The album opens with “Jingle Bells” and employs the arranging scenario of “everything, including the kitchen sink.” This 3-1/2 minute version of the standard of holiday standards, includes the sound of a galloping horse, a flute, a rather disco-ish repetitive bass line, synthesized percussion, bluegrass banjo picking, and (best of all) Tuvan throat singers vocalizing the lyrics to “Jingle Bells” in what I assume is their native Tibetan language. If you put this cut on at the typical background music level, your curiosity will draw you to the volume control so you can give a good listen to what is actually going on. Highly recommended.
December 14, 2016
I count myself among the many fans who applaud the Nobel Prize Commission’s decision to honor Bob Dylan for his lyrics. His life’s work certainly stands up when compared with many of our most celebrated authors and poets. I do wonder if they’ve opened a door for other songwriters. What about Lennon/McCartney, Joni Mitchell, or Oscar Hammerstein?
There were plenty of people who felt this prize was a bad decision. Perhaps it is an unfair competition to consider lyrics when they have the obvious benefit of music. Or perhaps some of those objectors couldn’t separate Dylan’s writing from the opposite end of the lyric spectrum, the subject of this blog. I am speaking of those nonsensical phrases, often earworms, that seem to have no reason for being except to be matched with catchy musical riffs.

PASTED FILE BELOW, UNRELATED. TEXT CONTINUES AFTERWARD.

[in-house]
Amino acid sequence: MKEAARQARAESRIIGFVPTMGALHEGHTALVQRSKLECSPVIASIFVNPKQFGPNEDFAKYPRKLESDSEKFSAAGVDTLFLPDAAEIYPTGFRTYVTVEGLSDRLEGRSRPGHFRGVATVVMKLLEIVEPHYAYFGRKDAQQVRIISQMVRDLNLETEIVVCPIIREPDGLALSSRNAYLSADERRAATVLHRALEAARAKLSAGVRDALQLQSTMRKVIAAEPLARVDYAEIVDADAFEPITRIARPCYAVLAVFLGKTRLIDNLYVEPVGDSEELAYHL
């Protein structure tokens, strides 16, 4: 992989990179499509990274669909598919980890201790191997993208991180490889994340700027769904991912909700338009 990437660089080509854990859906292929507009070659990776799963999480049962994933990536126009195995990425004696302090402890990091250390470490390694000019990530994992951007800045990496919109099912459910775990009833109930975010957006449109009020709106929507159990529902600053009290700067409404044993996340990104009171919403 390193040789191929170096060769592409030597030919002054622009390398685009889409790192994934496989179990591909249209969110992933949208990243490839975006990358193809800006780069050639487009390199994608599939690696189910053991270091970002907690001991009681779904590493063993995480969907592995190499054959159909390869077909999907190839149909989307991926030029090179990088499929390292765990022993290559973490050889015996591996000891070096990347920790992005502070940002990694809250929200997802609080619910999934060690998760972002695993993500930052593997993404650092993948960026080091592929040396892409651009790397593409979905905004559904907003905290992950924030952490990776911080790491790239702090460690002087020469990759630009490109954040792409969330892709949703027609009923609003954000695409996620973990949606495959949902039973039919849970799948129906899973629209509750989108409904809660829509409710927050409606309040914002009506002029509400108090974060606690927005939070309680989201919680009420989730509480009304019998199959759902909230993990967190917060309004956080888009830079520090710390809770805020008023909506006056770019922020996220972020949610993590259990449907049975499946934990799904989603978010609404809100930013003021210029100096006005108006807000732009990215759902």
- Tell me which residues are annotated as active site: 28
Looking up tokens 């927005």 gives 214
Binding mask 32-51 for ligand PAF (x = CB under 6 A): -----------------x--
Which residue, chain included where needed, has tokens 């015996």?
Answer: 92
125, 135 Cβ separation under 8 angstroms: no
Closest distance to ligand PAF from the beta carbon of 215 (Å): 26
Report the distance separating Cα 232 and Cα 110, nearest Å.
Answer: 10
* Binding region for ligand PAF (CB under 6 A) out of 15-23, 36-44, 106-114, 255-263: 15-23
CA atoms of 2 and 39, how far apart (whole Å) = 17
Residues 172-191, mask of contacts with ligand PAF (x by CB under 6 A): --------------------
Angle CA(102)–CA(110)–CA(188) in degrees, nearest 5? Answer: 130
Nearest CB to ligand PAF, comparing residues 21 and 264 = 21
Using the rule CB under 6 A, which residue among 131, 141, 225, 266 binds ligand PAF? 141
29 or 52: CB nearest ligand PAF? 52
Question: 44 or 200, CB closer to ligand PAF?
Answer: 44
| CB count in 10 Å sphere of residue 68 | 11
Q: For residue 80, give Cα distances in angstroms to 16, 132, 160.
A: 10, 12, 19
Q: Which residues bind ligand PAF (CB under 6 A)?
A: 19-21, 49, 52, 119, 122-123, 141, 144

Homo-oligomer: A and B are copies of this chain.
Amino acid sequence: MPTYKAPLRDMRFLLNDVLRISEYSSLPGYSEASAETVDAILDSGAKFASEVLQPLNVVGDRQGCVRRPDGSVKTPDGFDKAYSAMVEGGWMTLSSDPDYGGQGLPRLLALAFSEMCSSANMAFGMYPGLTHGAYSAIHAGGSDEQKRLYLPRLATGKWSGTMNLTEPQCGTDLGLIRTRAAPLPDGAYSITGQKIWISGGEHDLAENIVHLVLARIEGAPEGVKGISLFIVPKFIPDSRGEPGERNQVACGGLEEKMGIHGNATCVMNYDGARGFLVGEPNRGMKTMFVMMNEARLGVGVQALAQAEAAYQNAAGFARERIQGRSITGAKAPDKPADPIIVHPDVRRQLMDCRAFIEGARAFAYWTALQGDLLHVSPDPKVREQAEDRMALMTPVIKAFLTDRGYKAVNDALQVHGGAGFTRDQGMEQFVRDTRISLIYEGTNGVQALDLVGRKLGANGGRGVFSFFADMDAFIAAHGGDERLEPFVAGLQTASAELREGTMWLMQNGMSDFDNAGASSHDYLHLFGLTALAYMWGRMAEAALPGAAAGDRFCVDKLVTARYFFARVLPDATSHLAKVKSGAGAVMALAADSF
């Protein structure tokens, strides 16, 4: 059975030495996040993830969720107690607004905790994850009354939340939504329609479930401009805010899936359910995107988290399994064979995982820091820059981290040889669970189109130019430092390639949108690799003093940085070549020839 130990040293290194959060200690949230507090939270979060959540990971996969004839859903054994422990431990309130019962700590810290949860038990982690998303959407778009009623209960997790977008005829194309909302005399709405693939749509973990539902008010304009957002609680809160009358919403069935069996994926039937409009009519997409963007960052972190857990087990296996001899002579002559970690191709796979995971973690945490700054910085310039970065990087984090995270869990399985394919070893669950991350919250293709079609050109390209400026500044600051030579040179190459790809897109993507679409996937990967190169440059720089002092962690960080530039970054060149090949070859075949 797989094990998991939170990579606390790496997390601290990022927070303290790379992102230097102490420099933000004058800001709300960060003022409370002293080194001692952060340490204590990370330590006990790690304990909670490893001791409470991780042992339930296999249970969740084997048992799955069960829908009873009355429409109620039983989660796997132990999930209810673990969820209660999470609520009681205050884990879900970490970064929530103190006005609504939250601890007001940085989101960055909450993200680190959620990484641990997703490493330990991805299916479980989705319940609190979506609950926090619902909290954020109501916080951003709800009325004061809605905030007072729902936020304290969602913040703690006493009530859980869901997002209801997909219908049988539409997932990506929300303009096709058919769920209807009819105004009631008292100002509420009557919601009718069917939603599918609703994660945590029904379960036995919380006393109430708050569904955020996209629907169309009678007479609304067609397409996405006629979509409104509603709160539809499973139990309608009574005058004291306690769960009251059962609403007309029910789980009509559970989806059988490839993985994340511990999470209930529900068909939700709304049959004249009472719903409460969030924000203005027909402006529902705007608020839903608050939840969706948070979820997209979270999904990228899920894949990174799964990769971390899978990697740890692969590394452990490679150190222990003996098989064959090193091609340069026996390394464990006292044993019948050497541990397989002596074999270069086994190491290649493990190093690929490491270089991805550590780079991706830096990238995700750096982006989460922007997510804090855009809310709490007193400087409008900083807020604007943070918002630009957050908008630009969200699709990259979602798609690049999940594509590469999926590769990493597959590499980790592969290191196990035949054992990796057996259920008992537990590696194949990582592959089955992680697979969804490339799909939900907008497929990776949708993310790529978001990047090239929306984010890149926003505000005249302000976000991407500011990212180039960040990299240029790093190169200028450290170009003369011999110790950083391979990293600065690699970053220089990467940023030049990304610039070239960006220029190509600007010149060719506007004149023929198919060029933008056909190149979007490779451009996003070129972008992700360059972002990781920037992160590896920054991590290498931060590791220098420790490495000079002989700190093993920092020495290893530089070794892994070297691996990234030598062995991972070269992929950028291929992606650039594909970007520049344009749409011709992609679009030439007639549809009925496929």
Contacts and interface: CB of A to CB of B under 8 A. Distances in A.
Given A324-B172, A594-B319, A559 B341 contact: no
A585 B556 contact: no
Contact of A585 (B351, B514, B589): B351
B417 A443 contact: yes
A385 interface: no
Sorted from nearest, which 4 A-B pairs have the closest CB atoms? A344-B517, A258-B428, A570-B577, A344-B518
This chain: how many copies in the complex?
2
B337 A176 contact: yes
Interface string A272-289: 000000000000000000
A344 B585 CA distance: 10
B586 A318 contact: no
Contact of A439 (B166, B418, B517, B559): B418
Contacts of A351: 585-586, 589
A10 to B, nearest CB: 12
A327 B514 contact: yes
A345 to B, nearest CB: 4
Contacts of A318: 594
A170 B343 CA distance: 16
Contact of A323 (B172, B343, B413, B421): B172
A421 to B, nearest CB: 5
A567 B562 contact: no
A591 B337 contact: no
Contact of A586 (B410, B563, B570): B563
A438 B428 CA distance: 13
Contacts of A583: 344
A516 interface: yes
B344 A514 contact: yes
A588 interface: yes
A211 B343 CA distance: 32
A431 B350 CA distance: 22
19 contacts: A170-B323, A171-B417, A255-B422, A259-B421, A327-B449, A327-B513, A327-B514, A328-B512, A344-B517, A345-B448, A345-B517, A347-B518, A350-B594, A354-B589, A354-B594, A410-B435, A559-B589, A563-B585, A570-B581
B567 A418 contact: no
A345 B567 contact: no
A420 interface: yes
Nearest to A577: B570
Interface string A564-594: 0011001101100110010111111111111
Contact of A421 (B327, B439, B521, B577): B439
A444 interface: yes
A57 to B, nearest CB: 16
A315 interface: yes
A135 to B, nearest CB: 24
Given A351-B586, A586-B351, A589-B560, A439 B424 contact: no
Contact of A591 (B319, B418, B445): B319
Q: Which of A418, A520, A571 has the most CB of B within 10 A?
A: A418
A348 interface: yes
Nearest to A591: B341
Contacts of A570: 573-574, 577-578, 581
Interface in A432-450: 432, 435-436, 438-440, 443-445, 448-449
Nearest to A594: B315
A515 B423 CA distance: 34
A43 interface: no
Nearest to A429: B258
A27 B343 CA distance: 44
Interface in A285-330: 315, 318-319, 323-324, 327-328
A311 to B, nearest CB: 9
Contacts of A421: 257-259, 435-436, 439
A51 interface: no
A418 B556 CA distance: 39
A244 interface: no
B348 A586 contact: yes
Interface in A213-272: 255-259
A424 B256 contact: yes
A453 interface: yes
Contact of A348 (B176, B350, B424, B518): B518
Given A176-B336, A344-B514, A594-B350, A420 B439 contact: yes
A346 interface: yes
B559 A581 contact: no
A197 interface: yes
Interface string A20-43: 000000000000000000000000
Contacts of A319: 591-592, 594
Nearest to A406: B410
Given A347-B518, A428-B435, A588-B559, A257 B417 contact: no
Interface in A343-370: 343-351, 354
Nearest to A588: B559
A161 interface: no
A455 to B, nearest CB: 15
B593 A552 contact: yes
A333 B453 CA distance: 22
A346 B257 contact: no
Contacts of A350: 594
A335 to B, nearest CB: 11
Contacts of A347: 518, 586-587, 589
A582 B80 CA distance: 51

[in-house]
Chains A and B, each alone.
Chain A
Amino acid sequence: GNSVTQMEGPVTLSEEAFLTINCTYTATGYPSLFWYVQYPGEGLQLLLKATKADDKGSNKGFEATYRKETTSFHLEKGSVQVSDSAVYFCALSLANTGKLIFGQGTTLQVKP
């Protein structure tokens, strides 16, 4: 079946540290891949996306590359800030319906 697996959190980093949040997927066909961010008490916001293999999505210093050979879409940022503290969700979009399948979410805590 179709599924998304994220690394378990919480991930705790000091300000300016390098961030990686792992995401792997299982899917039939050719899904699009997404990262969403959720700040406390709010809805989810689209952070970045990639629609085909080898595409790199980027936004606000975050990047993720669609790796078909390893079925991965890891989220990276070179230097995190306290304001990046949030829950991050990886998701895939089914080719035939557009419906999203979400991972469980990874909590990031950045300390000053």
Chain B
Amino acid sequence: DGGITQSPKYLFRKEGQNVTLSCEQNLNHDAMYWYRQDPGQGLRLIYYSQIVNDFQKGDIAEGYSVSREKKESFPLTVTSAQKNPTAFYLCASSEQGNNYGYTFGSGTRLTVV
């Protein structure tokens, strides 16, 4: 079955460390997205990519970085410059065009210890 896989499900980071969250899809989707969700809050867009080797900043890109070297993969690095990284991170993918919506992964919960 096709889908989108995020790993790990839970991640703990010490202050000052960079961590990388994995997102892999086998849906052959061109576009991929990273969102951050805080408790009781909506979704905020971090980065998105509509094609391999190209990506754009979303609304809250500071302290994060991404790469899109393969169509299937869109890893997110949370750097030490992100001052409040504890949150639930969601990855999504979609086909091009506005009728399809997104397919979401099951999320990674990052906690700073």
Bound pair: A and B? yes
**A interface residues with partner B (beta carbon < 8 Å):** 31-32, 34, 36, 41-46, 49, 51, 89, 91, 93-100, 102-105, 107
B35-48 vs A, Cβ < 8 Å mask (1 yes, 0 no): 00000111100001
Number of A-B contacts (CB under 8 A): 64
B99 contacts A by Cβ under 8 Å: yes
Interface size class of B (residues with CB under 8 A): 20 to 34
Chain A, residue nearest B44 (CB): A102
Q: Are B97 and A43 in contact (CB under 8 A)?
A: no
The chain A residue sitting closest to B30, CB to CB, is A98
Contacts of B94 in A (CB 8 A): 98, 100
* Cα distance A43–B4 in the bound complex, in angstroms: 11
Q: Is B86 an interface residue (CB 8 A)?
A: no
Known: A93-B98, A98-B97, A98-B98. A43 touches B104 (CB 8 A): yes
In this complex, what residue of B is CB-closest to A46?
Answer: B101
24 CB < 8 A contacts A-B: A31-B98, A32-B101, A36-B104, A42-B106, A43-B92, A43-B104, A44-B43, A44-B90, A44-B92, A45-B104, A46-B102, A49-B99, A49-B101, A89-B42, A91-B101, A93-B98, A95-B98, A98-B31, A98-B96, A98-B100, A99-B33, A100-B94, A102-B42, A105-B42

This is not a new concept. Composers since Bach’s era and before frequently extended melodic lines by hanging out on one particular vowel. To acknowledge the holidays, a well known example is the song “Angels We Have Heard On High.” The hook to the song employs the word “Gloria.” In this traditional French carol, the O vowel in Gloria is extended for four full measures, an interesting and effective compositional tool.
Frankie Valli did much the same in the Four Seasons hit, “She … eh … eh … eh… eh … erie Baby.” Working musicians know that the bar will erupt in sound and sing along when the band arrives at these meaningless “words.”
These hooks are most obvious when they became the song titles. A short list includes the 1960 one hit wonder “Alley Oop” by the Hollywood Argyles; a 1963 hit by the Crystals, “Da Doo Ron Ron”; in 1964, “Do Wah Diddy” by Manfred Mann; and Ob La Di, Ob La Da” by the Beatles in 1968.
More often, these verbal licks are contained within the song. When I hear them I often get the impression that the songwriter may have been stuck trying to fill in a measure or two, and just resorted to an effective consonant/vowel combination. They often become the hook of the song, the most memorable part.
See if you can name these tunes. The following are verbal riffs. See if you can name the tune and the artist. You can post your guesses in the comments section. I’d love to see more if you can find some to share with us.
8. La-la-la-la-dee-da-da, La-la-la-la-tee-da
In addition to his writings worthy of the Nobel Prize in Literature, Bob Dylan may have penned an ultimate syllable-only tune. His 1970 LP “Self Portrait” included what is essentially an instrumental song entitled “Wigwam.” Throughout the song Dylan reinforces the melody with a lengthy series of one syllable sounds. It’s the kind of thing a songwriter might do as they’re searching for the actual words, only to eventually decide that the syllables suffice. It is truly a memorable tune that speaks to the power of a hook that is not dependent on words for its strength.